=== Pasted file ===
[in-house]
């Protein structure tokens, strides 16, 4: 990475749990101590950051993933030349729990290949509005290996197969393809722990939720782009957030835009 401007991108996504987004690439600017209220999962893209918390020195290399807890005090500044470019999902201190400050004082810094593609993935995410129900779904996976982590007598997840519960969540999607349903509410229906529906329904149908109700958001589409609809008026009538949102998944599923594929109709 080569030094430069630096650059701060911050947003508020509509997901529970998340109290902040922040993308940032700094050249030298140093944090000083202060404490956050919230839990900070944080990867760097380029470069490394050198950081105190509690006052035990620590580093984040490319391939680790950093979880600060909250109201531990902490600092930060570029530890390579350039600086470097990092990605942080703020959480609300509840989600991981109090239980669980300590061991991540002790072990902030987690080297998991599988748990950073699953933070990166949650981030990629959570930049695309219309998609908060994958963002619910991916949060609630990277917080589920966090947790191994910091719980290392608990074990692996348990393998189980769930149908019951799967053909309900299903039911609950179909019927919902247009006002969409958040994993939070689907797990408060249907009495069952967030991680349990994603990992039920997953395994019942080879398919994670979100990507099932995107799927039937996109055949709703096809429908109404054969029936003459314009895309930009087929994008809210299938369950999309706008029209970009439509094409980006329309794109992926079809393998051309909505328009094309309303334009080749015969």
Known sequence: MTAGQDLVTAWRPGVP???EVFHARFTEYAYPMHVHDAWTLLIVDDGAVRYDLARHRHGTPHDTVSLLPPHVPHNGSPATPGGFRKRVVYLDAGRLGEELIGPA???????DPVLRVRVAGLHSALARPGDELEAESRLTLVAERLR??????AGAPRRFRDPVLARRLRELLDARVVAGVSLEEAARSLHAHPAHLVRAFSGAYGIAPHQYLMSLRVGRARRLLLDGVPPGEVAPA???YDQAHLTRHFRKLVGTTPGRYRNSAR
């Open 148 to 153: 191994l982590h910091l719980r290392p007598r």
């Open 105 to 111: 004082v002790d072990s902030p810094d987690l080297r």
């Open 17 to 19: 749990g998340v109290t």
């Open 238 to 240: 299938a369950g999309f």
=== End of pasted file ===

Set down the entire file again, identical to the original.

[in-house]
């Protein structure tokens, strides 16, 4: 990475749990101590950051993933030349729990290949509005290996197969393809722990939720782009957030835009 401007991108996504987004690439600017209220999962893209918390020195290399807890005090500044470019999902201190400050004082810094593609993935995410129900779904996976982590007598997840519960969540999607349903509410229906529906329904149908109700958001589409609809008026009538949102998944599923594929109709 080569030094430069630096650059701060911050947003508020509509997901529970998340109290902040922040993308940032700094050249030298140093944090000083202060404490956050919230839990900070944080990867760097380029470069490394050198950081105190509690006052035990620590580093984040490319391939680790950093979880600060909250109201531990902490600092930060570029530890390579350039600086470097990092990605942080703020959480609300509840989600991981109090239980669980300590061991991540002790072990902030987690080297998991599988748990950073699953933070990166949650981030990629959570930049695309219309998609908060994958963002619910991916949060609630990277917080589920966090947790191994910091719980290392608990074990692996348990393998189980769930149908019951799967053909309900299903039911609950179909019927919902247009006002969409958040994993939070689907797990408060249907009495069952967030991680349990994603990992039920997953395994019942080879398919994670979100990507099932995107799927039937996109055949709703096809429908109404054969029936003459314009895309930009087929994008809210299938369950999309706008029209970009439509094409980006329309794109992926079809393998051309909505328009094309309303334009080749015969």
Known sequence: MTAGQDLVTAWRPGVP???EVFHARFTEYAYPMHVHDAWTLLIVDDGAVRYDLARHRHGTPHDTVSLLPPHVPHNGSPATPGGFRKRVVYLDAGRLGEELIGPA???????DPVLRVRVAGLHSALARPGDELEAESRLTLVAERLR??????AGAPRRFRDPVLARRLRELLDARVVAGVSLEEAARSLHAHPAHLVRAFSGAYGIAPHQYLMSLRVGRARRLLLDGVPPGEVAPA???YDQAHLTRHFRKLVGTTPGRYRNSAR
């Open 148 to 153: 191994l982590h910091l719980r290392p007598r």
């Open 105 to 111: 004082v002790d072990s902030p810094d987690l080297r």
């Open 17 to 19: 749990g998340v109290t």
């Open 238 to 240: 299938a369950g999309f």